My son is five. This year, he learned about the main parts of a story: character, setting and plot.
On Monday, Dale Oen died. He was favored to win gold at the Olympics this summer. He was not expected to be the
most recent high profile athlete to die of sudden cardiac arrest.
His death raises many questions about checking the hearts of athletes, particularly Olympic athletes. Our support of heart screenings for all students is well documented. However, his death also brings awareness to the confusing history of swimming and sudden cardiac arrest.
According to the CDC, ten people drown every day. I contend that for many of them, a body of water is just the setting. Sudden cardiac arrest is the cause (or conflict). Unfortunately, we’re not accustomed to asking the right questions.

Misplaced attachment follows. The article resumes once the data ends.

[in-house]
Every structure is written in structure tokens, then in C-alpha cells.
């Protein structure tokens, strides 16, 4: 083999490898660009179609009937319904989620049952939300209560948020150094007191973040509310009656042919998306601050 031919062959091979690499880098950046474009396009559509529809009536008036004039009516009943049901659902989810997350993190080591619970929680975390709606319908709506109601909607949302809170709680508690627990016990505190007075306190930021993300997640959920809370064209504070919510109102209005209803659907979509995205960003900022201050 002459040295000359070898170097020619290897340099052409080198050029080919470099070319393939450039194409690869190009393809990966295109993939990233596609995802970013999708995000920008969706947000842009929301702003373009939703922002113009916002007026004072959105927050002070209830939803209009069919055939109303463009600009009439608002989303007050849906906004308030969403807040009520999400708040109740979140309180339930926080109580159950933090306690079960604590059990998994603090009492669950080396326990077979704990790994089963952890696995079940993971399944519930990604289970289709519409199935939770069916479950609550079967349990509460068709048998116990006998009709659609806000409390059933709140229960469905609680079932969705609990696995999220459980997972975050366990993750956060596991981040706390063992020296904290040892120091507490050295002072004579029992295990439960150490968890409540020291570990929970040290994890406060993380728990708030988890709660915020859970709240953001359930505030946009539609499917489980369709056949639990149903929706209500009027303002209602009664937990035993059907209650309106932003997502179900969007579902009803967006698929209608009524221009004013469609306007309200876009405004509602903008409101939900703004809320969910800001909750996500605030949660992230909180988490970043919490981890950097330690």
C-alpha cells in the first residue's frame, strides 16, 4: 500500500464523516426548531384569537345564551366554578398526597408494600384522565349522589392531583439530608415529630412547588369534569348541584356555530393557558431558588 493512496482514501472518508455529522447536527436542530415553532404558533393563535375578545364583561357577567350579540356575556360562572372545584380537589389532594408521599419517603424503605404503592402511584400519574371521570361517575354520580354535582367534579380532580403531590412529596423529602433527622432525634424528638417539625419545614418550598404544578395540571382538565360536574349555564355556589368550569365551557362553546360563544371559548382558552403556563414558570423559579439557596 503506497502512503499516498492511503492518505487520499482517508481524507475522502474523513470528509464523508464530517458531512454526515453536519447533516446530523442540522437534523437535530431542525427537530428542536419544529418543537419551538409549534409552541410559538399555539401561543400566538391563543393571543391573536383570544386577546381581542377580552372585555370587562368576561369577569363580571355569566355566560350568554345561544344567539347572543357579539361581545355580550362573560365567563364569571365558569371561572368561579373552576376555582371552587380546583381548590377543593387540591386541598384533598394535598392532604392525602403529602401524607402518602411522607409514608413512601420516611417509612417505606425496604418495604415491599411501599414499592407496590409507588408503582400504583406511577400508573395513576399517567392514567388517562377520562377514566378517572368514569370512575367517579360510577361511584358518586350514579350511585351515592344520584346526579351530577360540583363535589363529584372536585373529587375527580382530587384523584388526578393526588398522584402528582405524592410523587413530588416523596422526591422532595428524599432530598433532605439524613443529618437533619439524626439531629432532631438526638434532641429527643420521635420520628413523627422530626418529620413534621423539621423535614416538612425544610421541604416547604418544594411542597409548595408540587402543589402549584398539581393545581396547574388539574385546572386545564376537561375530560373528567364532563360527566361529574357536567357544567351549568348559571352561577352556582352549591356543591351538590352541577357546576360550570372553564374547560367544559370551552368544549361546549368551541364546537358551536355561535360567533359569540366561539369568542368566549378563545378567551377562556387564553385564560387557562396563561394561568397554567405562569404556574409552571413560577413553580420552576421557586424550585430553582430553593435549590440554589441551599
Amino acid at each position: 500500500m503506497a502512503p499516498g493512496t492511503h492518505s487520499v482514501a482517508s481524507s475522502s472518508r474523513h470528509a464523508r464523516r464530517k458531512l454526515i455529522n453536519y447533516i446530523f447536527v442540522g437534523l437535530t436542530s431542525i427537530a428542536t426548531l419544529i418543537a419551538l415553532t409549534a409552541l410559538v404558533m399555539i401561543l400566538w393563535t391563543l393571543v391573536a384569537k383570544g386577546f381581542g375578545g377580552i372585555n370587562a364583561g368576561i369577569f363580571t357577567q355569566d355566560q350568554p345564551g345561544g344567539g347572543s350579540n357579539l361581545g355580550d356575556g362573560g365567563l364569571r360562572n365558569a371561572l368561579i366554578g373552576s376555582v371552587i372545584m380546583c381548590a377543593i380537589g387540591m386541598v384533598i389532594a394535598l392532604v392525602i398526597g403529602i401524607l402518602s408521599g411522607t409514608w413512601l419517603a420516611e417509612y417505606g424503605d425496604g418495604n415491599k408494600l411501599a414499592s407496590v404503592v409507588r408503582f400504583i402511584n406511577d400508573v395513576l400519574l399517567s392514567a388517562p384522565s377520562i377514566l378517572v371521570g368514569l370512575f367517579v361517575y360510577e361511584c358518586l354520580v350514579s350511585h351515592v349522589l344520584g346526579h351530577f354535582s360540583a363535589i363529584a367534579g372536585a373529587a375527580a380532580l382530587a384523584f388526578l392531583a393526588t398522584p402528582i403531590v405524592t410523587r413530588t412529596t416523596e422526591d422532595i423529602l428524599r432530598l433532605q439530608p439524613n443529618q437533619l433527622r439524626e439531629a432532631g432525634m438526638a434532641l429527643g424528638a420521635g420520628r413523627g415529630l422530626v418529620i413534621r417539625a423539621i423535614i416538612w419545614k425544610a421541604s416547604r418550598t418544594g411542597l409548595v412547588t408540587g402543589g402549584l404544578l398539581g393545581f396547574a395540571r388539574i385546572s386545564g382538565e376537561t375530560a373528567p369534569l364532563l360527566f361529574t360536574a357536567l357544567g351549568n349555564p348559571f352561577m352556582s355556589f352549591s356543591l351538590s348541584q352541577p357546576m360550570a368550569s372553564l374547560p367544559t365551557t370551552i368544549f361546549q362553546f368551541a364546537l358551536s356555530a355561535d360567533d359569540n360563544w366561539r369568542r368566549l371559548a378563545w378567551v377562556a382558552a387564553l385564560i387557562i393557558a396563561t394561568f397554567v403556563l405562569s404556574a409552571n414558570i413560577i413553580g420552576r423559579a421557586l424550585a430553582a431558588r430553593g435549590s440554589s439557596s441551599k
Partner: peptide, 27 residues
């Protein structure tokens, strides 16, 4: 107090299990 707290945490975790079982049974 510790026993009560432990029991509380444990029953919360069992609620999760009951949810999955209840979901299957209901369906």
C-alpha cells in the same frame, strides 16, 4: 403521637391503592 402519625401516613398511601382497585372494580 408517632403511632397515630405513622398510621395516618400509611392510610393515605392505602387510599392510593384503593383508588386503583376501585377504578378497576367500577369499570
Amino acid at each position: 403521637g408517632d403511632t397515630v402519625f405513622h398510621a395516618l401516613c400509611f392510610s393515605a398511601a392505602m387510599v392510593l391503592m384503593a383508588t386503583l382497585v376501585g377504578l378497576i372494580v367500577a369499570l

“An analysis of serious injuries at 144 aquatic facilities at colleges and universities around the country found in a recent five-year period that 70 percent of all deaths were due to heart attacks while just 10 percent were a result of drowning.”
Over the past seven years, we’ve met lots of people that have been affected by sudden cardiac arrest. In one instance, a student collapsed outside of the pool after meet. His cause of death was listed as drowning; he wasn’t even in the water. In another instance, two relatives reportedly drowned. Years later, a grandchild was found to have Long QT Syndrome. They didn’t drown.
In this tragic story about Dale Oen, the setting was his room. The cause of death was sudden cardiac arrest. Moving forward, particularly when there is water involved in a sudden death, we should do what my son does in kindergarten – consider the main parts of the story. Hopefully, we’ll do a better job of differentiating between the setting and cause, and start asking the supporting characters to get their hearts checked.